The Difference Between Shaft and Shed: Another Spelling Lesson

Here is a shaft
Many weavers and teachers call it a harness. We should know they are one in the same, but that shaft is the more correct term.

The photo shows the shafts in a loom. They raise or lower the warp threads.

Here is a shed
It’s the space where the shuttle goes. If there were no shed one would have to physically go over and under the warp threads. This is one of the main jobs a loom does: make the sheds.

Here is a view of a shed in a loom.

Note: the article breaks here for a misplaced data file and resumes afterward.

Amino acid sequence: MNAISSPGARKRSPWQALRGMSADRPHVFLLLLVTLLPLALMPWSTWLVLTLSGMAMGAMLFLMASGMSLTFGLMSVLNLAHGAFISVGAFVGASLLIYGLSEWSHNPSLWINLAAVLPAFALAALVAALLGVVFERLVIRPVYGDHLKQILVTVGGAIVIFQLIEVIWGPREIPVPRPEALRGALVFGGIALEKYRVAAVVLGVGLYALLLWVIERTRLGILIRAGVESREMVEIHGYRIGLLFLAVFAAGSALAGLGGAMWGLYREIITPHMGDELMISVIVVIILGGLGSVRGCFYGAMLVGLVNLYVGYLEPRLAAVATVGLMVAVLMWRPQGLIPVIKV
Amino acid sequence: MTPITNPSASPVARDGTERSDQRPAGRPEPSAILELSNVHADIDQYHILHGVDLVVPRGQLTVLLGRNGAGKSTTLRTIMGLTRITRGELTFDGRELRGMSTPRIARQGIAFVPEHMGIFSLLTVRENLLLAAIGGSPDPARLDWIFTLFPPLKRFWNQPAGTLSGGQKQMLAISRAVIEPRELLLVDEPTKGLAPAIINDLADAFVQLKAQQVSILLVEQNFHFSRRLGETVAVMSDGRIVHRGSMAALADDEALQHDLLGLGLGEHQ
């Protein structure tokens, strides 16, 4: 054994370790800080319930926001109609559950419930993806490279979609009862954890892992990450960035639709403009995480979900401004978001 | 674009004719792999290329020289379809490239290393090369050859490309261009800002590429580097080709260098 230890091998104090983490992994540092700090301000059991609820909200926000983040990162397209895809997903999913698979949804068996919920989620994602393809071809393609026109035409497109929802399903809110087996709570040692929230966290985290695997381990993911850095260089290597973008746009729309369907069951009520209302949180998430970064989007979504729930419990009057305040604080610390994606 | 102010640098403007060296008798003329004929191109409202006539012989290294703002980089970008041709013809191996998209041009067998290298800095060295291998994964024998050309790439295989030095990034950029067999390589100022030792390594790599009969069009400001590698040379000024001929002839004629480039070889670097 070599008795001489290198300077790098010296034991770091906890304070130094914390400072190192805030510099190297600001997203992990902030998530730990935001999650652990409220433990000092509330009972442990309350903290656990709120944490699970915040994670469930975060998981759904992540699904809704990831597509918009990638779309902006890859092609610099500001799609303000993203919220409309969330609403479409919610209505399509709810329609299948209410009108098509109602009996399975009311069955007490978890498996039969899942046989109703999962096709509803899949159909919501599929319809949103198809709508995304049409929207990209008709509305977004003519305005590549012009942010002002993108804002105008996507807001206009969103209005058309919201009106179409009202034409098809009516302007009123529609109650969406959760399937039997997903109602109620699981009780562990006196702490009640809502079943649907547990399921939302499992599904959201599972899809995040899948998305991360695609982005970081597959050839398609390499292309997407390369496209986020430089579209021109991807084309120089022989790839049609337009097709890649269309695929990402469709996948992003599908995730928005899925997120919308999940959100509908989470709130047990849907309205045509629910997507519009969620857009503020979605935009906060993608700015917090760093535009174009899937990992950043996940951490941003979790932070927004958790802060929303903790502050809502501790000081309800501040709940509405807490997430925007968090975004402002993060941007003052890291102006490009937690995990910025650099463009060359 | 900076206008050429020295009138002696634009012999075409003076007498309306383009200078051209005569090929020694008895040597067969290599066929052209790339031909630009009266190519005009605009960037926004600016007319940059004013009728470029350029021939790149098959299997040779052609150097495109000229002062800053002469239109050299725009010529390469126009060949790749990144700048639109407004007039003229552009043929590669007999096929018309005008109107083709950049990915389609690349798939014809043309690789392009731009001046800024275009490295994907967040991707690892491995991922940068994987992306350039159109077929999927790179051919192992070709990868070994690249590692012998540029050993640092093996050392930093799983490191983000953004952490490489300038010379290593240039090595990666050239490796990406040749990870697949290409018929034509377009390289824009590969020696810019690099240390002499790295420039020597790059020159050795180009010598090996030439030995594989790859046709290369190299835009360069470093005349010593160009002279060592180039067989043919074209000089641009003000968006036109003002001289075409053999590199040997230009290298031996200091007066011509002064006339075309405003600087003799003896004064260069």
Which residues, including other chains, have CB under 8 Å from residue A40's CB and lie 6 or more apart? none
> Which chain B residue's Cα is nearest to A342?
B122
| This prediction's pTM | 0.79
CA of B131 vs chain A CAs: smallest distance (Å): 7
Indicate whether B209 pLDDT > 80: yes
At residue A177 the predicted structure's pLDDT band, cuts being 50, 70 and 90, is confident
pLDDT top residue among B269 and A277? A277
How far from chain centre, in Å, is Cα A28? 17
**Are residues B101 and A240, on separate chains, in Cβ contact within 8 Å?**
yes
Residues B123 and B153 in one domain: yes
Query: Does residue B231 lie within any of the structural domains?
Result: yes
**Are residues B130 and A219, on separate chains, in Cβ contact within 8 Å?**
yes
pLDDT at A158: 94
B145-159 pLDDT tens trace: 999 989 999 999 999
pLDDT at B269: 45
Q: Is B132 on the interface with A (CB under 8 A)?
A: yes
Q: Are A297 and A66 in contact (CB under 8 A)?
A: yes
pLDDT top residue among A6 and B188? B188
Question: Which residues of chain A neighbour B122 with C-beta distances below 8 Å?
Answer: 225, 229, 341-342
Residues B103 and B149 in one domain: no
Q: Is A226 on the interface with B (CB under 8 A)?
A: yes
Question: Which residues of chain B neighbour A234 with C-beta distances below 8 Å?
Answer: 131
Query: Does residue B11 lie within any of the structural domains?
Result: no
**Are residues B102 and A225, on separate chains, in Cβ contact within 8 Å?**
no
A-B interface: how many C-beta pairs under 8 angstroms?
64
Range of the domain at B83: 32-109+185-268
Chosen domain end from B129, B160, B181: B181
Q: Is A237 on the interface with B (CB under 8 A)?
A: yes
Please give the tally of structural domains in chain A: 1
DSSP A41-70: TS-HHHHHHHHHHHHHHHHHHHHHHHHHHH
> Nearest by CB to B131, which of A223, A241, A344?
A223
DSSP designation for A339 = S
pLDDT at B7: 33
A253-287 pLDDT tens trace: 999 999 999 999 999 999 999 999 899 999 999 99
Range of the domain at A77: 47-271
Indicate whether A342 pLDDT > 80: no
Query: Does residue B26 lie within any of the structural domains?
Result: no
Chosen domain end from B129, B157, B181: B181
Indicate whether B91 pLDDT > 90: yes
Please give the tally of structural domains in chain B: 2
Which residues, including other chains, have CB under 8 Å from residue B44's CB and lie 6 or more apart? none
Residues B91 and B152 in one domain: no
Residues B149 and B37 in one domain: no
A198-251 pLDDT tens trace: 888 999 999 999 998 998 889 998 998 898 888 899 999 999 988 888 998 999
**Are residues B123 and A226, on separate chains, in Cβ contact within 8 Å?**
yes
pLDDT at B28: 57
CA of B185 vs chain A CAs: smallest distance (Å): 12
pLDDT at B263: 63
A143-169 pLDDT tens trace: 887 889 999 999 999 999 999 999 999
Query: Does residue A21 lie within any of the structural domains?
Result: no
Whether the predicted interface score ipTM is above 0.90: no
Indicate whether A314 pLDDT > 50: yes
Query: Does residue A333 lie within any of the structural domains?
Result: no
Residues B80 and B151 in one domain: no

This photo shows NO SHED. What it does show though is the shafts. None are raised or lowered.

The sheds often are created by pressing on treadles.

The sheds can be created by levers if there are no treadles on the loom.

For a loom to be a loom it must be able to make sheds. However, rigid heddles do not have shafts. Instead, they have a rigid heddle that creates the sheds.

The sheds are created by lifting and lowering the rigid heddle.

3 thoughts on “The Difference Between Shaft and Shed: Another Spelling Lesson”

    • you are correct. I wanted to make thing simplified. I should have said they are not the same but for most weavers and teachers they are considered the same. That’s why saying shafts is the correct term.


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